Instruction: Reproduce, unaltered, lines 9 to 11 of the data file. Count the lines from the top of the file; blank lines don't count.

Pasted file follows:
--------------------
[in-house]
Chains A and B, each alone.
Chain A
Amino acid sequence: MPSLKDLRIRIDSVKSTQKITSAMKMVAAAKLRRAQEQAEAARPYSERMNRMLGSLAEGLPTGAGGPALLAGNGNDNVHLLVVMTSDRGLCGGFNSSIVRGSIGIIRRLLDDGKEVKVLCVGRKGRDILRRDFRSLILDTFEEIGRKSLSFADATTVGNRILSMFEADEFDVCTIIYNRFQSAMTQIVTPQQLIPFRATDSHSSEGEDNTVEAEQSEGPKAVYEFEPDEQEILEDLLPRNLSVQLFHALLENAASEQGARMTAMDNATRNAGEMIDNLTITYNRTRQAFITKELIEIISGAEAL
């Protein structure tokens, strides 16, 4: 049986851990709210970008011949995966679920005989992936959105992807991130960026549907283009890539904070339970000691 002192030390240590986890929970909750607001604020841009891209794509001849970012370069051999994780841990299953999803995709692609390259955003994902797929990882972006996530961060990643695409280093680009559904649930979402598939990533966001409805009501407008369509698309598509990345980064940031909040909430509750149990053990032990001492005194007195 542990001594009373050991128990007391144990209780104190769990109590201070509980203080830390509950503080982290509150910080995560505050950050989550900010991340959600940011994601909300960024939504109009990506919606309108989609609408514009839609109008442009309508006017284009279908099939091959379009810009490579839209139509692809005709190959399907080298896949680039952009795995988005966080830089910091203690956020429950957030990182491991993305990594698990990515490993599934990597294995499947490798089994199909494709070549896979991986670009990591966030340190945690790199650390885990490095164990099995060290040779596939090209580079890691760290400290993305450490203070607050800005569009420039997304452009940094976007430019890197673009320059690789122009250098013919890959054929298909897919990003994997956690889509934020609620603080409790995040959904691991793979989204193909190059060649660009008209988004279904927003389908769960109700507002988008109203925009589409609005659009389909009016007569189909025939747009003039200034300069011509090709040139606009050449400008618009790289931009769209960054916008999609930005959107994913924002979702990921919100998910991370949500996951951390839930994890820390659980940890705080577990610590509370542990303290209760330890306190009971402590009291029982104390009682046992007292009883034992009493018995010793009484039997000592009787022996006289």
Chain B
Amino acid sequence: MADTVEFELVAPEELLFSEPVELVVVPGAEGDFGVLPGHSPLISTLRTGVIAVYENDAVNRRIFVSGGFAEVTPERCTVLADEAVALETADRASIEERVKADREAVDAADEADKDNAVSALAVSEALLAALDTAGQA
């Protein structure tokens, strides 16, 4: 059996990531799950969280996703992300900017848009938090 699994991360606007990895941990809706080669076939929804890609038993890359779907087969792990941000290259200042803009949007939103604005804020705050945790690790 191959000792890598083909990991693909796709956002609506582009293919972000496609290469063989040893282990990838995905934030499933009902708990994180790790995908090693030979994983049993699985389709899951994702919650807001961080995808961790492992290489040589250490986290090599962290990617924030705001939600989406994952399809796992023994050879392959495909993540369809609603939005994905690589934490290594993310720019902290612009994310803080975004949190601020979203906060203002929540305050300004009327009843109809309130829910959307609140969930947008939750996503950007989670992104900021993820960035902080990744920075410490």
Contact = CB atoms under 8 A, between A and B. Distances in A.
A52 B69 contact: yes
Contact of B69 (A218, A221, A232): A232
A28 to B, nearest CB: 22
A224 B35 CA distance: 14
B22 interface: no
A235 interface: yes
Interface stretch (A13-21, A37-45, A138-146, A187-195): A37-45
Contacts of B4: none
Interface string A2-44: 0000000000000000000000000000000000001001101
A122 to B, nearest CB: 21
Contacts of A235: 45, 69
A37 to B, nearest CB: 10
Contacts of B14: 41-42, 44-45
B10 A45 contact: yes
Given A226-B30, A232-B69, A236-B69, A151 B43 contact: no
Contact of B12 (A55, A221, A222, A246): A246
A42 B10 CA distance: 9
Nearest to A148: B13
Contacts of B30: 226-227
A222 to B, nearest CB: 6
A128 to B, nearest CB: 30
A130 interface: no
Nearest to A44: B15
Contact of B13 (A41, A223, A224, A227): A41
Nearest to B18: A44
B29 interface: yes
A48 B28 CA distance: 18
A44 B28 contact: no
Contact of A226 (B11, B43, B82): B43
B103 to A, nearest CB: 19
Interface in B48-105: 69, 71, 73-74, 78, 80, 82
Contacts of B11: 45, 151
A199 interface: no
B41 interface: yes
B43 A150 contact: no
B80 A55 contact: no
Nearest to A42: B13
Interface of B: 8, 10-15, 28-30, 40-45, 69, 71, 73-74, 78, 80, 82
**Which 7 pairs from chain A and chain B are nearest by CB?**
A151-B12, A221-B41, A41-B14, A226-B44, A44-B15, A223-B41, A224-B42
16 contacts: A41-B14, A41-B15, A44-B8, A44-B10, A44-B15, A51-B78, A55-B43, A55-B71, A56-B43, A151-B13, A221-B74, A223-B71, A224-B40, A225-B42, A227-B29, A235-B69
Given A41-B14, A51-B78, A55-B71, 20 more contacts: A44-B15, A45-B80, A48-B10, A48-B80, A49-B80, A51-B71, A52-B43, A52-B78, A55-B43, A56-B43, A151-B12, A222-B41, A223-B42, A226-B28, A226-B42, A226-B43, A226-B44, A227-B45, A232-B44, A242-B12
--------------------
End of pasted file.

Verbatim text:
Contact = CB atoms under 8 A, between A and B. Distances in A.
A52 B69 contact: yes
Contact of B69 (A218, A221, A232): A232